Loving God and obeying His commandments don’t happen because we try harder. Loving God is a response to His first loving us. Obeying God is a demonstration of our love for Him. The elements are entwined, and we confuse the issue when we try to separate one strand from the others.

Or if we forget which is the greatest command.

Published in: on September 3, 2012 at 6:17 pm  Comments (2)  
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  1. This is excellent and you hinted at something I’d like to underline:After the Fall of humanity, we knew enough to sin, but not why we shouldn’t sin, experientially, because that Righteousness no longer entered the Garden, in the cool of the evening, to model and discuss all things Good.

    In our ignorance, from antiquity, people began to blame God, for the misery of sin. This makes us, not the criminal, but the judge. We have not earned that right! Since each of us has already sinned, we will never earn that right. Only Jesus is found worthy, to open the Book. As we are not worthy to judge God, because of our sin, we are also not able to even judge each other: to his own Master, he stands or falls.

    But by God’s Grace and through His Word, we have access to Heavenly information about right and wrong. When we know something is right or wrong, it is important to explain why it is so. The root of every “Why?” question about God’s rules is His Love. Sin causes death. When my daughter was little, some may remember a cartoon character named “Mr. Ugh.” He was green and the sticker with his picture on it was on every dangerous cleaner I owned. My daughter was dully warned about “Mr. Ugh,” and she never experimented with those products. There’s more to this story, but that is for another time and place. As long as she was warned, she understood the danger, and stayed safe.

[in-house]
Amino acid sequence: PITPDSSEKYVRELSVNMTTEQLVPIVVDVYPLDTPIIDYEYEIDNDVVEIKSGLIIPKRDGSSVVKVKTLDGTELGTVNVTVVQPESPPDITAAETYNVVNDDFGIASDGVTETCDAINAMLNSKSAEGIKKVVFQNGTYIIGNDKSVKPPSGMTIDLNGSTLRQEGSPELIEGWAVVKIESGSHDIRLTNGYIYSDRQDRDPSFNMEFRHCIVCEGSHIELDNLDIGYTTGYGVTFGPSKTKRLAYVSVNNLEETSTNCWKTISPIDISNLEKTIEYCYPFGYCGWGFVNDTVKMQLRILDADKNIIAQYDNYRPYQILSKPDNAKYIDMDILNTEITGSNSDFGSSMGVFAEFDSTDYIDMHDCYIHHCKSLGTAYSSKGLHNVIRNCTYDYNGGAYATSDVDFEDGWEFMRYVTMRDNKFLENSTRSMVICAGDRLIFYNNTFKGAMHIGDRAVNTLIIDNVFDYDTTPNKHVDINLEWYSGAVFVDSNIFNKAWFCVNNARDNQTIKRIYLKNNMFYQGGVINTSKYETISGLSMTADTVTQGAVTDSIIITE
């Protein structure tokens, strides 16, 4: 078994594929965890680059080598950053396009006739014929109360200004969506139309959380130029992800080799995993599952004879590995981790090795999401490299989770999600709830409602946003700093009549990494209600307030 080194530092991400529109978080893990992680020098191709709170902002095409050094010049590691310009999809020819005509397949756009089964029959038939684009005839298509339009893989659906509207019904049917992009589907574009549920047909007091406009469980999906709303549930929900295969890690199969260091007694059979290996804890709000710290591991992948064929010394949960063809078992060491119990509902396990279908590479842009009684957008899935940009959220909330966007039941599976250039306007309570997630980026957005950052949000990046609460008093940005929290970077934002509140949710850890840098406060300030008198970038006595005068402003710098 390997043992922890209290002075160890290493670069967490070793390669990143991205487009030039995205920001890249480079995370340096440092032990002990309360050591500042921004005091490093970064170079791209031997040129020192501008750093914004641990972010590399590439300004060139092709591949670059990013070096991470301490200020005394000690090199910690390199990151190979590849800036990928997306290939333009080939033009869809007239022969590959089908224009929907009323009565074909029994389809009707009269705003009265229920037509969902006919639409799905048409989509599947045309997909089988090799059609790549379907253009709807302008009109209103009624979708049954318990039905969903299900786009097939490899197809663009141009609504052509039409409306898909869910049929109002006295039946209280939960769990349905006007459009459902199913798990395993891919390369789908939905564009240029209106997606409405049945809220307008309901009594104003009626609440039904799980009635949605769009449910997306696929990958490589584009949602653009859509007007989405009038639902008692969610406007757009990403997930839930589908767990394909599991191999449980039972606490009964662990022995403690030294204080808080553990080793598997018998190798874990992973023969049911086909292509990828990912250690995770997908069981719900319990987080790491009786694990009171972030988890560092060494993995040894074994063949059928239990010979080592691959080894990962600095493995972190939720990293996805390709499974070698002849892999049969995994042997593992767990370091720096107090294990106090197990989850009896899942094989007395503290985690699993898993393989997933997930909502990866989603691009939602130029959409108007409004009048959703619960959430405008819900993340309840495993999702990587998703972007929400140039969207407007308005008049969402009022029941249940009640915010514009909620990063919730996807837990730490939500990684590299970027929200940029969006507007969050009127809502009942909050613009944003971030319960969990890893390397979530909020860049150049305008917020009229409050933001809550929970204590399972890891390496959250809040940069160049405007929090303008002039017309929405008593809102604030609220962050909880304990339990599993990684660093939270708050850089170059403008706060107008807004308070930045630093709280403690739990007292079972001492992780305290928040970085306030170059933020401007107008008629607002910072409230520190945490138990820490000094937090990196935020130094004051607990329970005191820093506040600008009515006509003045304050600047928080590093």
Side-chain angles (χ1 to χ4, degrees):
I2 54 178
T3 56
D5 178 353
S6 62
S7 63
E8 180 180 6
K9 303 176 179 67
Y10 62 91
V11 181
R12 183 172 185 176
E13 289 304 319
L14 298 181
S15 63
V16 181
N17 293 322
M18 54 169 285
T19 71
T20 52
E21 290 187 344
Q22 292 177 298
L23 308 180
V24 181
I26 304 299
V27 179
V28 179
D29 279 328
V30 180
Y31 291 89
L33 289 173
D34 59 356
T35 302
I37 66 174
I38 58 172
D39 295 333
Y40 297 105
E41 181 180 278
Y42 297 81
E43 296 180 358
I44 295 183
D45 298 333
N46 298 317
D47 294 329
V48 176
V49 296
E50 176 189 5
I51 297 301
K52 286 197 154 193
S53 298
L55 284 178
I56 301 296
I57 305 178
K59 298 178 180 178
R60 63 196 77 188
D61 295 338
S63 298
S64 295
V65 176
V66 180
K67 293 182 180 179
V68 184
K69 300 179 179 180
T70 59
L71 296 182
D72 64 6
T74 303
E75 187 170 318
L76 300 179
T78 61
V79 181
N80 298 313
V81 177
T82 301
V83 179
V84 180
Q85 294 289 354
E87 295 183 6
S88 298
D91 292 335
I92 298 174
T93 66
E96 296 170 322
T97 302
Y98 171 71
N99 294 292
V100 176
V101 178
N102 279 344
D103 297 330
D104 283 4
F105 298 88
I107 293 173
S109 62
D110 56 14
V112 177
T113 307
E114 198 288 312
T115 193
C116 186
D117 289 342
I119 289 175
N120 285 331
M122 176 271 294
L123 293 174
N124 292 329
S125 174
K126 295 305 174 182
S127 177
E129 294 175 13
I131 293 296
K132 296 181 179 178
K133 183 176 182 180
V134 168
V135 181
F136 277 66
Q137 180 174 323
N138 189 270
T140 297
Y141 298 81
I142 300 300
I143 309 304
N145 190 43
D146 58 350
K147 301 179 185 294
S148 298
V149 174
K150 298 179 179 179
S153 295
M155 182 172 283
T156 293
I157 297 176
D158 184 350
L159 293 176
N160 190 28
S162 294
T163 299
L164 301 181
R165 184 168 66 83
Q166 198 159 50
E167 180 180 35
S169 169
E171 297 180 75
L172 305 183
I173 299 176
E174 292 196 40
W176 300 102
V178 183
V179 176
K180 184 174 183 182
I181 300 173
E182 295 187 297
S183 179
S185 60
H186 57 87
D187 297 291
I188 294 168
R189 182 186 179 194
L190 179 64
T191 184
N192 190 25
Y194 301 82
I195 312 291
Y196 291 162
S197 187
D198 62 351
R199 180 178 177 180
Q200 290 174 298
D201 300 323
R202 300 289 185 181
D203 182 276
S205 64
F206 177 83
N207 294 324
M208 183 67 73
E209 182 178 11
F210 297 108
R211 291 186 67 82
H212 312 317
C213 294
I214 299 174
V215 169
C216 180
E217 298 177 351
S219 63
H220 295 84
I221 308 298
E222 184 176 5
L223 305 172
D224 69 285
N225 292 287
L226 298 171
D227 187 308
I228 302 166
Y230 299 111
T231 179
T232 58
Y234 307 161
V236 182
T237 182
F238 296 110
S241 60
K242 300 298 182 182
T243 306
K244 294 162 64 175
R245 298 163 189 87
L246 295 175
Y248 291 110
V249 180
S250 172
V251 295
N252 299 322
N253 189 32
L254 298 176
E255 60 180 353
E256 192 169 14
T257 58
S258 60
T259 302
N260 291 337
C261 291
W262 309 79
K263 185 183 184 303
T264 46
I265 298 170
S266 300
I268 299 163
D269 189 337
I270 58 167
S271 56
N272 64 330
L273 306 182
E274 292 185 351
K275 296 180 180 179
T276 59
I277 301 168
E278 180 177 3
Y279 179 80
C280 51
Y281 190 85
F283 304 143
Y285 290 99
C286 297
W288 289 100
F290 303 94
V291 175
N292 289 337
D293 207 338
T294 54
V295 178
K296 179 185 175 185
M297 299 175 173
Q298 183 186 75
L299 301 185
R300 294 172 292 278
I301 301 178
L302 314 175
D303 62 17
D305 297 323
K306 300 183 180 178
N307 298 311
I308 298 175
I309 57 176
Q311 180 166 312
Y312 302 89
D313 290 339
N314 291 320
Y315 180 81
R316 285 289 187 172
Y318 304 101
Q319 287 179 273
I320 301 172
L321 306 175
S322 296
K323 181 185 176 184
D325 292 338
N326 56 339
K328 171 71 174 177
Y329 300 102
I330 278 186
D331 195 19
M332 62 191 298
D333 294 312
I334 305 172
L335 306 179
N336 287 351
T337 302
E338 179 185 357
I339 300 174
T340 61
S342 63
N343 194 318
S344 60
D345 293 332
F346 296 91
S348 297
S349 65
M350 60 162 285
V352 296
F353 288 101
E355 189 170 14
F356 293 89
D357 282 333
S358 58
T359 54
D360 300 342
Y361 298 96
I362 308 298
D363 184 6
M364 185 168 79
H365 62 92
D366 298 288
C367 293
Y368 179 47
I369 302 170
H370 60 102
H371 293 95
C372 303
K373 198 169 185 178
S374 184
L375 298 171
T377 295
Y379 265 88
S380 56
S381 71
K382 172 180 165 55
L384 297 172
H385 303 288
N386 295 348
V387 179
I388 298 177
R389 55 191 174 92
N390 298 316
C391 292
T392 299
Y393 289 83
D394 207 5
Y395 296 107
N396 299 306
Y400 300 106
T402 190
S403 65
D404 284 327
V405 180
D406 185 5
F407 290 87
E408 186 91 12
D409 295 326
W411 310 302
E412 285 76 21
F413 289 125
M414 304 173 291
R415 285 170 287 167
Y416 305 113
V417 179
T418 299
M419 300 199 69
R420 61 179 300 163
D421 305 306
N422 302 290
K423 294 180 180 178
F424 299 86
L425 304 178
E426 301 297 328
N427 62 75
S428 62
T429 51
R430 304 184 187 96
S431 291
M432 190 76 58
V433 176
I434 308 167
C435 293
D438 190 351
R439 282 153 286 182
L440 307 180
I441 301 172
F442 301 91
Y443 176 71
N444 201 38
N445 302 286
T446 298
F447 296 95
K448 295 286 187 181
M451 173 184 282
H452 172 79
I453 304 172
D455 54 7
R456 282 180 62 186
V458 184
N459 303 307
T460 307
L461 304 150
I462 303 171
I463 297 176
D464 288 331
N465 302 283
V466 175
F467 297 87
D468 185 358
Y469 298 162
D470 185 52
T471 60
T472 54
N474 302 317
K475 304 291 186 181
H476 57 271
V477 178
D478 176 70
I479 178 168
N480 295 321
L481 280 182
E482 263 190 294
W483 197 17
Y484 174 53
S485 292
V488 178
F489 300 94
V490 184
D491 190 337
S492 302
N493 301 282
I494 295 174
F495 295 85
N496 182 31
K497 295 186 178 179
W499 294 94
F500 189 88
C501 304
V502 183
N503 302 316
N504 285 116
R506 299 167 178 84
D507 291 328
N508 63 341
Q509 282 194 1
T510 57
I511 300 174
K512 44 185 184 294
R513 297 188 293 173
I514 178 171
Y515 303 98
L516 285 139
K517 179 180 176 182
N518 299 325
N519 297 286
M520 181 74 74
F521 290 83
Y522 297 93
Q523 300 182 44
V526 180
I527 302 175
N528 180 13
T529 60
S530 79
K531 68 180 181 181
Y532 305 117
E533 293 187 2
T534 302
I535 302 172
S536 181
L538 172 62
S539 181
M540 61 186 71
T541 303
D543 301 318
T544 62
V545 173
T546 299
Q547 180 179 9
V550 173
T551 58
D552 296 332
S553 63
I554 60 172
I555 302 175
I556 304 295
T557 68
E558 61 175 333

Fast forward to the 21st Century. Why haven’t young people been warned of the physical dangers of the sin of homosexuality? Are we too afraid of people, to protect people? Why haven’t we warned them of the psychological dangers of homosexuality? Even today, alienation and rejection dog their every step. People who care about them as people are branded, even for talking with them and reaching out to them, and this, from people who say they are “pro-homosexual.”

    What would have happened in the Church, if we treated adulterers the way homosexuals have been treated? Gossips? Gluttons? Sin is sin, and it all kills. Becky, you are so right, when you say that pointing the finger does not help the situation. We need to love people as Jesus has loved us, reaching down, into the mire, to pull us up, to intercede, as He did in the Garden, and still does, every day, and to find a way to reach people, often stuck in layers of fear. I’m so glad God warned me, and loved me even after my sin!


  2. Great post, Becky! I agree with you too, Peggy. Sin–is sin! Even when no one knows, sin can still get in the way of our relationship with God, and our fellowship with fellow believers, because we know! Sin also corrodes our spirits.

    Sin is also the most aggressive weed of all time–worse even than kudzu!

    A small, seemingly insignificant transgression so easily leads to greater and larger sins, until suddenly our little, “not that bad” sin problem has taken over and is running our lives, and–we’re enslaved to it, and reaping the bitter consequences on every side. The only way to break the hold sin has over us as human beings, even as believers, is to stay honest about what sin really is, and be repentant when we slip into it.

    No matter how big or little a sin is, we should not condone it, encourage it, or enable it in ourselves or others. And above all, we should seek, in love, to encourage each other to fill our lives with activities that are pleasing to God so that we have less time and room for sin to take root.